Date of Award

Spring 2007

Project Type


Program or Major


Degree Name

Doctor of Philosophy

First Advisor

Thomas M Davis


To investigate the genetic basis of verticillium wilt resistance in mint (Mentha L., Lamiaceae), wild-collected germplasm obtained from the United States Department of Agriculture was employed to develop breeding populations for wilt resistance screening and molecular genetic study, including cloning of candidate verticillium wilt resistance genes.

A collection of fourteen Mentha longifolia accessions from Europe, Asia and South Africa was analyzed for morphological traits, oil composition, and verticillium wilt resistance. In addition, a preliminary molecular diversity assessment was conducted utilizing randomly amplified polymorphic DNA (RAPD) markers. The accessions were found to be diverse regarding all observed traits and the South African accessions in particular were shown to possess unique features. Most importantly, highly wilt-resistant and highly wiltsusceptible accessions were observed.

A collection of twenty-seven resistance gene analogs (RGAs) was isolated from M. longifolia accessions using a PCR-based approach with primers targeting the conserved nucleotide binding site (NBS) domain found in most plant disease resistance genes. The mint RGAs shared predicted amino acid sequence similarity with disease resistance genes and RGAs from various other plant species, and were grouped into seven distinct families based on DNA and predicted amino acid sequence similarity. In addition to the NBS-related RGAs, a fragment of a verticillium wilt resistance gene candidate was isolated from a verticillium-resistant M. longifolia accession using a combination of PCR-based approaches that exploited known sequences of tomato Ve (Verticillium resistance) genes.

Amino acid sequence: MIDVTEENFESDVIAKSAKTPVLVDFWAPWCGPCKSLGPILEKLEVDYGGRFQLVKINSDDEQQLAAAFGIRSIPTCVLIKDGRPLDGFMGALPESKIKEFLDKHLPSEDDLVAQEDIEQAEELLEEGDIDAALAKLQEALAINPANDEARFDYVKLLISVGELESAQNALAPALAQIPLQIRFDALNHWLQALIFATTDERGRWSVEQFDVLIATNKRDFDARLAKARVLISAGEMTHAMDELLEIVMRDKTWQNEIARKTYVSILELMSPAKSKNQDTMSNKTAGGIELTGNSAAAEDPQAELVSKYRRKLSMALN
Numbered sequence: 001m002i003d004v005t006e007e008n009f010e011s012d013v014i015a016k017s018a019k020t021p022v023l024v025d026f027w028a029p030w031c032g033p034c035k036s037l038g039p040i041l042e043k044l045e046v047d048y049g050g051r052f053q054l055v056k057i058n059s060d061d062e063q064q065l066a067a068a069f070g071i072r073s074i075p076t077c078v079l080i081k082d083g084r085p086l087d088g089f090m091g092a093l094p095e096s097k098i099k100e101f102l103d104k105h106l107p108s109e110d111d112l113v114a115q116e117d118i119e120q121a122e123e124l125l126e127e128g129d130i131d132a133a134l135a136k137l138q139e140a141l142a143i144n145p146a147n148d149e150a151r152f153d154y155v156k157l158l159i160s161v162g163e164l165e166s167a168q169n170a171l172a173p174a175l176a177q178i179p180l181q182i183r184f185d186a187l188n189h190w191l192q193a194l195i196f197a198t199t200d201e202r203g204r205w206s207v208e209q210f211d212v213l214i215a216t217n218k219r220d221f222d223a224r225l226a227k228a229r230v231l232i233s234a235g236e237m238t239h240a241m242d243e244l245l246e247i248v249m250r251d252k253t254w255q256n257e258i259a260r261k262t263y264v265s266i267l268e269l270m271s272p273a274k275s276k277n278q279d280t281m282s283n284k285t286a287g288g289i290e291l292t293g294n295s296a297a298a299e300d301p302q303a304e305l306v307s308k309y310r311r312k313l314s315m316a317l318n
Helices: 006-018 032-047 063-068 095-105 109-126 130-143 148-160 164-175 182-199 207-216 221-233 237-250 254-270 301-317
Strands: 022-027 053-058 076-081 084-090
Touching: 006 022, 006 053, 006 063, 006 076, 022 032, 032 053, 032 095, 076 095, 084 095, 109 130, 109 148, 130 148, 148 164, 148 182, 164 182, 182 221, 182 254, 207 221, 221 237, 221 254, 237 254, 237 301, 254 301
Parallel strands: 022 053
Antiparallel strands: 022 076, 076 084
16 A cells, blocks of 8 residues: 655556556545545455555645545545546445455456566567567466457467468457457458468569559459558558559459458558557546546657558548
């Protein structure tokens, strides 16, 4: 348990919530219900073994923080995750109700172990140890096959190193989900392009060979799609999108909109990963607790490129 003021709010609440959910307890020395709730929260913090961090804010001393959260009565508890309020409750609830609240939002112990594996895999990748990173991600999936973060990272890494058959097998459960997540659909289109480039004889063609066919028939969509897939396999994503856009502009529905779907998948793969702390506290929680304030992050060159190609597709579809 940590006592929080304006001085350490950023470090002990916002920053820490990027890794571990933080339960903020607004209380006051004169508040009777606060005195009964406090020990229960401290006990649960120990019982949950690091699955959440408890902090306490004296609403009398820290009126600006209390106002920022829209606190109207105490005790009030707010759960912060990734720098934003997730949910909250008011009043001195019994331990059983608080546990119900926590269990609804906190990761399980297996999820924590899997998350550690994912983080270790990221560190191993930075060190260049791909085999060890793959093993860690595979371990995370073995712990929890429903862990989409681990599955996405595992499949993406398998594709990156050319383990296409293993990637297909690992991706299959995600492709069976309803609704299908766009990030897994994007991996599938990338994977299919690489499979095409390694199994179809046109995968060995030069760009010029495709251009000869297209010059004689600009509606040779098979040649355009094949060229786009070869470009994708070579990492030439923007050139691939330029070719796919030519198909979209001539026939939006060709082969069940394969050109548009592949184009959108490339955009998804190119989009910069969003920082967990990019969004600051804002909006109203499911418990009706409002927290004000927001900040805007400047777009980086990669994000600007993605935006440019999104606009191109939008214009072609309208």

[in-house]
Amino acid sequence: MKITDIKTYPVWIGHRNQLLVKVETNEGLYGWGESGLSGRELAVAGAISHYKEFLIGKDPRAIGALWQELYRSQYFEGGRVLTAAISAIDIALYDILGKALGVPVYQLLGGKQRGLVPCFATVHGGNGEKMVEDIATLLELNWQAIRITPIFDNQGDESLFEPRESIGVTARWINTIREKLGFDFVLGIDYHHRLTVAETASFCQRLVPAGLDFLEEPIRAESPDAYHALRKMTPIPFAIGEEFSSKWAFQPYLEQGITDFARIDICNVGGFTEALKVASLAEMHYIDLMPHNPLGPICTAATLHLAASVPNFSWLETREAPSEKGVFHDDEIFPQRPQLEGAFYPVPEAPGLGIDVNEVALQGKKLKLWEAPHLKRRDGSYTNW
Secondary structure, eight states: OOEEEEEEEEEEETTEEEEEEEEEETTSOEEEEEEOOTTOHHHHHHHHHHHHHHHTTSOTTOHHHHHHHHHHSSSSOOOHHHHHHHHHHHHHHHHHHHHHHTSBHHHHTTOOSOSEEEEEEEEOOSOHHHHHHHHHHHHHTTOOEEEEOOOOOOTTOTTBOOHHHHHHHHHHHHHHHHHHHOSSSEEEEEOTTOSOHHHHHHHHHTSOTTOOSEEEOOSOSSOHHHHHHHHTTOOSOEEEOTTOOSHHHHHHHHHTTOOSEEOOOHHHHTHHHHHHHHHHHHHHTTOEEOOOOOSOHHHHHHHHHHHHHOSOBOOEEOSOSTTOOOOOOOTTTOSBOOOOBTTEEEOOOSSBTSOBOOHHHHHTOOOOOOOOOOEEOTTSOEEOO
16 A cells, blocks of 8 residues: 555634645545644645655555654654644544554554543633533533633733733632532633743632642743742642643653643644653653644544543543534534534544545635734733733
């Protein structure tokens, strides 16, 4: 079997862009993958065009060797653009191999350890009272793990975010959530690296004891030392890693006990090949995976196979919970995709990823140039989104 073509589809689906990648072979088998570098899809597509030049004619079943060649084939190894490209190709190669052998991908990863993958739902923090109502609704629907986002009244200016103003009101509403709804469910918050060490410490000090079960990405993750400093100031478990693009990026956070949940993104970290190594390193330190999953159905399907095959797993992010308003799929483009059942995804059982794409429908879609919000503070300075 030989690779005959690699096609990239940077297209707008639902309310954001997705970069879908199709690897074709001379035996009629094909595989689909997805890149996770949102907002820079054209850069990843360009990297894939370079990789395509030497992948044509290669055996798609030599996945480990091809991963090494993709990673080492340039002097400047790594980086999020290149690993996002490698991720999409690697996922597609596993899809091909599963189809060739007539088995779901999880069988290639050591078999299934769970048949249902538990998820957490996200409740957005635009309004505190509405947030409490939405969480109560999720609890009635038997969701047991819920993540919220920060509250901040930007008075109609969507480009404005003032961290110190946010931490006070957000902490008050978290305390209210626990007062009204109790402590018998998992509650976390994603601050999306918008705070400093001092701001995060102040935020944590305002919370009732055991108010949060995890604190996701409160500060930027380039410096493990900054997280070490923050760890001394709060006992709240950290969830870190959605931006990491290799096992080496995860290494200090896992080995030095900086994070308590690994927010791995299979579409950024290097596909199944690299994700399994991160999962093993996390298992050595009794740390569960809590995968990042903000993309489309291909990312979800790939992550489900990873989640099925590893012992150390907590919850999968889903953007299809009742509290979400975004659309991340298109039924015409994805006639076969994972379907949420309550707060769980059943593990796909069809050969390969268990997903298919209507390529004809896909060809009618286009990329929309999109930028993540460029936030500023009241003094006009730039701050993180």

Finally, the complete coding region of the mint verticillium wilt resistance candidate gene, mVe1, was cloned and sequenced. Alleles of mVe1 were compared among four M. longifolia accessions used as crossing parents. These seven alleles were highly similar to each other (96.2-99.6% nucleotide identity) and had ∼50% predicted amino acid sequence identity to the tomato Ve genes. F1 and F2 populations were genotyped with respect to mVe1 alleles, and individuals from these populations were screened for wilt resistance. No correlation was found between any mVe allele and resistance or susceptibility to verticillium wilt in plants in the studied populations. However, this result does not discount the possibility that an mVe1 gene product plays a role in mint verticillium wilt resistance.